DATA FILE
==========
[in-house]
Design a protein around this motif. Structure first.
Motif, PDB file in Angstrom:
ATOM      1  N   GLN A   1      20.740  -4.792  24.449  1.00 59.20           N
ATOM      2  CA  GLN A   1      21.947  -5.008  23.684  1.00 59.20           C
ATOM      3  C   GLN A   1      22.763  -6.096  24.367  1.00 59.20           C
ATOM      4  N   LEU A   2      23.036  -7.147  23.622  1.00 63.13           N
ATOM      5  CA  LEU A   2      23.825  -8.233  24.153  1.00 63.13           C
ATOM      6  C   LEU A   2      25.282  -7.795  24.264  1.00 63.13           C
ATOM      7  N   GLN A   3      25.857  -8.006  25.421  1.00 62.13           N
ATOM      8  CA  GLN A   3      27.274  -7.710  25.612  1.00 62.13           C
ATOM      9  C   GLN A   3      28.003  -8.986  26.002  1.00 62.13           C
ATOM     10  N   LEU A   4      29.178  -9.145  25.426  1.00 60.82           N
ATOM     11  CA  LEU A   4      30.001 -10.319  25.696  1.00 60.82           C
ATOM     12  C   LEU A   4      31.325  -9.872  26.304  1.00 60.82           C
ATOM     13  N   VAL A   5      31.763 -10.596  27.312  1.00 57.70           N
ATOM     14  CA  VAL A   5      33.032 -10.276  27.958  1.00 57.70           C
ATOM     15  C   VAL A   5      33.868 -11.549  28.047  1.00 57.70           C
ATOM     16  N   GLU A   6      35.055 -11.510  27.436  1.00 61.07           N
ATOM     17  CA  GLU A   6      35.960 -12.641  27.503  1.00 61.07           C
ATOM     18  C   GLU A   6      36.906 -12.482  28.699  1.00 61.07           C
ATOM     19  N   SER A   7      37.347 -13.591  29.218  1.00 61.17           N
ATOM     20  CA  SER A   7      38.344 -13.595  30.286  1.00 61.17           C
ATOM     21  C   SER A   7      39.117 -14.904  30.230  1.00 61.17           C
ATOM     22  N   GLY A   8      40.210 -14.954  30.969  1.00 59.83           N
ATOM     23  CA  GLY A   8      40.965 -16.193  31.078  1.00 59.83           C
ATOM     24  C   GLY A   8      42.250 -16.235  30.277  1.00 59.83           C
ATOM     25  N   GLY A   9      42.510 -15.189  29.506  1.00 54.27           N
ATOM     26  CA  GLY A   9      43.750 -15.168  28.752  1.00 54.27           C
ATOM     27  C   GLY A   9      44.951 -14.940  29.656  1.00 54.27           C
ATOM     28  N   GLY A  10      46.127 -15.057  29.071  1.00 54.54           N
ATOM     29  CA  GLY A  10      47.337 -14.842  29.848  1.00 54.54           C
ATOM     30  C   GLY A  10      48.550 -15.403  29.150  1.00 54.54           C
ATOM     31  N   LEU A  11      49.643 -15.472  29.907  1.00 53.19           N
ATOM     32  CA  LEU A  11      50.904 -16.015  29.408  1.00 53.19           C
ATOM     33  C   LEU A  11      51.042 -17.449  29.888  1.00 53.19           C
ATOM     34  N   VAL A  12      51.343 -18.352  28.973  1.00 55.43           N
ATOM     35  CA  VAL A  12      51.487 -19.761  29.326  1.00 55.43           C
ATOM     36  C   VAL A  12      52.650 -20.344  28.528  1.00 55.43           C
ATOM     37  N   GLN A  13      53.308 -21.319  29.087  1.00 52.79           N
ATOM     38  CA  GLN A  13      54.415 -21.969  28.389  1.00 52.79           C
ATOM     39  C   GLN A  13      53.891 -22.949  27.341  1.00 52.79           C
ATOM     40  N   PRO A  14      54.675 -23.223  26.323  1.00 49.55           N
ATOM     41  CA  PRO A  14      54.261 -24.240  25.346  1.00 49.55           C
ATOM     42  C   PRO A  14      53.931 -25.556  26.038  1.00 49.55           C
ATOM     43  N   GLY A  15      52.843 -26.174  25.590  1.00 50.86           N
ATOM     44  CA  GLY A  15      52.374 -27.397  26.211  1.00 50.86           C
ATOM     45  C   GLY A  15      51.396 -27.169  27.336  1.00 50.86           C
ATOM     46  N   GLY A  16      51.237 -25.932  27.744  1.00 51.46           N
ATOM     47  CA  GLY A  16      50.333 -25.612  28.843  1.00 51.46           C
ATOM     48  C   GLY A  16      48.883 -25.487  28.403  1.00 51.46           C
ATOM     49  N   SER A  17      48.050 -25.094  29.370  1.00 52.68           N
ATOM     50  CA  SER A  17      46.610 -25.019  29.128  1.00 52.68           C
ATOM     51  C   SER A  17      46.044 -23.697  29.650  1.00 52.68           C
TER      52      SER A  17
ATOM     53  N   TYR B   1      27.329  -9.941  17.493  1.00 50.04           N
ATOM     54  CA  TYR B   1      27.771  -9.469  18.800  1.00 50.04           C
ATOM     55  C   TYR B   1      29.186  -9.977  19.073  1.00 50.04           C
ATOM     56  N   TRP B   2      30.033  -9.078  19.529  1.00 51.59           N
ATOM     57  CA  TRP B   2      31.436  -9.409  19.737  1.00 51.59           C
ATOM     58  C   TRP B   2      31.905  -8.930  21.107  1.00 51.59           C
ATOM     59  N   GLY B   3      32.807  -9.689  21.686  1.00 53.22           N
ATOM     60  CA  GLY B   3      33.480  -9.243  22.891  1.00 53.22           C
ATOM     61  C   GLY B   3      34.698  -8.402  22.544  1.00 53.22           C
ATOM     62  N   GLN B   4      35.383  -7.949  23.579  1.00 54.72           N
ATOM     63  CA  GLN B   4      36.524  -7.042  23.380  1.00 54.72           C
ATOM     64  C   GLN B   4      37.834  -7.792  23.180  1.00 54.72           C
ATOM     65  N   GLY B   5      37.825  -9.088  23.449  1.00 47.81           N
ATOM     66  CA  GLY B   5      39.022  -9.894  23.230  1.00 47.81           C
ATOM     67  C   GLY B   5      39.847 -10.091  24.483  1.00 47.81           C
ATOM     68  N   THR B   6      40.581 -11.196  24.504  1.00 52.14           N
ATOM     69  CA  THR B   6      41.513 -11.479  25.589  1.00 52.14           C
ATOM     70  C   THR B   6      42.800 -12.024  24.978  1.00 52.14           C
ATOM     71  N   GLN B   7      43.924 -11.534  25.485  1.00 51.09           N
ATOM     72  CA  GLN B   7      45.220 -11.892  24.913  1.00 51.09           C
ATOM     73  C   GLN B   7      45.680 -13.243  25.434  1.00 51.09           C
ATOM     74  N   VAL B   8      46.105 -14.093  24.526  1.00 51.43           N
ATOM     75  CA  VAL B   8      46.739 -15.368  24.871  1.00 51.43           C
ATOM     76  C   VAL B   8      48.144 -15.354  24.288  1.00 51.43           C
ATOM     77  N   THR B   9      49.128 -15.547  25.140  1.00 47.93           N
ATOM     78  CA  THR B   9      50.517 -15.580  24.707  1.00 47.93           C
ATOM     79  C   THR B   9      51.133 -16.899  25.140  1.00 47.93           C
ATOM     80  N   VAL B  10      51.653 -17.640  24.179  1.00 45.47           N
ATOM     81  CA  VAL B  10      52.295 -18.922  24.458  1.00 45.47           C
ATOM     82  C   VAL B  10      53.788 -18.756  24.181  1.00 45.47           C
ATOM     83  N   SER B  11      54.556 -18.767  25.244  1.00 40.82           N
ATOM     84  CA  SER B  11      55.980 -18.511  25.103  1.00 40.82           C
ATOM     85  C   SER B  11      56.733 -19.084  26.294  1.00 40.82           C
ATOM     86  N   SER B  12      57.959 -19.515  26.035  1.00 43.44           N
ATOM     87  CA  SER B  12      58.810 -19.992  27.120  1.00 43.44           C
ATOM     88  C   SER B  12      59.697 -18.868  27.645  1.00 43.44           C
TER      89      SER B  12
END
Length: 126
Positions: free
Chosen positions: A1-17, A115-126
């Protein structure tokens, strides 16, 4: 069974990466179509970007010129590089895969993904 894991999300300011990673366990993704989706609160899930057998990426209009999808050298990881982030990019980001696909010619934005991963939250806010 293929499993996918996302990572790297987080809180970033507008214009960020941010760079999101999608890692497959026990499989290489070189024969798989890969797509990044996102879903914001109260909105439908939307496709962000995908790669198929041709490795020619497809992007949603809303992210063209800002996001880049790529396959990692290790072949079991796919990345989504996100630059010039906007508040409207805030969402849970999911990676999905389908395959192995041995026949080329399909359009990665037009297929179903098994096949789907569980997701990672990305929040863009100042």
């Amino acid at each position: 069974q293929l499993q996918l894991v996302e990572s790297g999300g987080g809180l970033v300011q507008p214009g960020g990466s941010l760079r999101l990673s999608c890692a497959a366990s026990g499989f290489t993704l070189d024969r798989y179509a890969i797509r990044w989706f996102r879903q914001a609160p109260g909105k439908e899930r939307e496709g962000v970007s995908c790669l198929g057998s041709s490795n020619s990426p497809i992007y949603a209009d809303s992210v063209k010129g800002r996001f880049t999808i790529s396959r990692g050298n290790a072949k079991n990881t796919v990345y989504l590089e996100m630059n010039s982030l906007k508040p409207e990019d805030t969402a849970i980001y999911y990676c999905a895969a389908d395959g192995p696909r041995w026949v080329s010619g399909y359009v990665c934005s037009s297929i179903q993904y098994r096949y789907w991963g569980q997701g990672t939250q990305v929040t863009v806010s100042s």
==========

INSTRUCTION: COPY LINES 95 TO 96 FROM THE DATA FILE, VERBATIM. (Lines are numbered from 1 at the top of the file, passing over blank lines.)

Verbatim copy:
Positions: free
Chosen positions: A1-17, A115-126